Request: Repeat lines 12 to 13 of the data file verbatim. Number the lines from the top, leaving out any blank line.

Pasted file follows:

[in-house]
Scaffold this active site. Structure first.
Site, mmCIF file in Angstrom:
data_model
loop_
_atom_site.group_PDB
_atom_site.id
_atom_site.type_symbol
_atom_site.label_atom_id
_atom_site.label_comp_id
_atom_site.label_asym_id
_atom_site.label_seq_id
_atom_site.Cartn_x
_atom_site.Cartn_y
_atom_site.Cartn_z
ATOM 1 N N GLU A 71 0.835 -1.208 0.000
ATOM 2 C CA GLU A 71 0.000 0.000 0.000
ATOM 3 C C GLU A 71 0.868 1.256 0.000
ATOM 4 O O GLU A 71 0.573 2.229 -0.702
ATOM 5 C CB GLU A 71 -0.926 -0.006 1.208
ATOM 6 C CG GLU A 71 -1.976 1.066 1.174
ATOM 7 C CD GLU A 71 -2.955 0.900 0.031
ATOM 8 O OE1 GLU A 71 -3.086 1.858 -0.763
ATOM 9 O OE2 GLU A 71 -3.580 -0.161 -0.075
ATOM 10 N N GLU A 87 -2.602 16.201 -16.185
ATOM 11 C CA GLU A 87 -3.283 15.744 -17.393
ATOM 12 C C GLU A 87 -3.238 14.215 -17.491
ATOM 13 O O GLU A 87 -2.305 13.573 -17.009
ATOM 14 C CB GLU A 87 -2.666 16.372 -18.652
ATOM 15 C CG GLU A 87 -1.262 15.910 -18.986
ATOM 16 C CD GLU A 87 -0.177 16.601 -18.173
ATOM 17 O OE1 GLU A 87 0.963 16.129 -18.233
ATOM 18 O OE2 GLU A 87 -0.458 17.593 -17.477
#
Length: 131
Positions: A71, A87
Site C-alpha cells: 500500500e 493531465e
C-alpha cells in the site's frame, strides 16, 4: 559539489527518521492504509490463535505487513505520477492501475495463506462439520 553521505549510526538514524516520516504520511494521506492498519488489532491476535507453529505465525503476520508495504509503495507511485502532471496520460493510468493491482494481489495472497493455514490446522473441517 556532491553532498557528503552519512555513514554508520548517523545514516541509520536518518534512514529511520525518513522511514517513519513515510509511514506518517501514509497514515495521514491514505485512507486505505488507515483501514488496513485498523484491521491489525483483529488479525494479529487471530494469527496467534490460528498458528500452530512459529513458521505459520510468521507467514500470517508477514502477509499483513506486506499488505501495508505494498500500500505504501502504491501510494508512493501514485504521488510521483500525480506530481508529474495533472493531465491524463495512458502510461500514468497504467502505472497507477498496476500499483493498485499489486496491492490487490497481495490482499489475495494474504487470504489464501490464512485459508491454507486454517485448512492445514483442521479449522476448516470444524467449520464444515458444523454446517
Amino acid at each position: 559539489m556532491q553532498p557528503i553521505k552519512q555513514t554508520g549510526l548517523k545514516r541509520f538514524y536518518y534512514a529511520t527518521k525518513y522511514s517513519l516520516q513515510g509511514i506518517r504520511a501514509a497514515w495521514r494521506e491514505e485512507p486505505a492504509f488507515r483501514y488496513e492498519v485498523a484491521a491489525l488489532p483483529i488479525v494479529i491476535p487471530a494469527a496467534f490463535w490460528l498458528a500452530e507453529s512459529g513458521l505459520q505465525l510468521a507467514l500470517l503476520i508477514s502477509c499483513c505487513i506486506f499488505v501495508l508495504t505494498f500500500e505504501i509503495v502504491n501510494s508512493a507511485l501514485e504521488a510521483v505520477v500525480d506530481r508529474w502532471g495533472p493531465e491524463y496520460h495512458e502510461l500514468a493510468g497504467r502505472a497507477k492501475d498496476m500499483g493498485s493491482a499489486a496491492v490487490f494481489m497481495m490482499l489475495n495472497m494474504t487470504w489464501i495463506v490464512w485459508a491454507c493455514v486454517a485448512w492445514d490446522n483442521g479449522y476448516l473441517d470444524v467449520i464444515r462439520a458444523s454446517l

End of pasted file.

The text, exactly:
_atom_site.label_seq_id
_atom_site.Cartn_x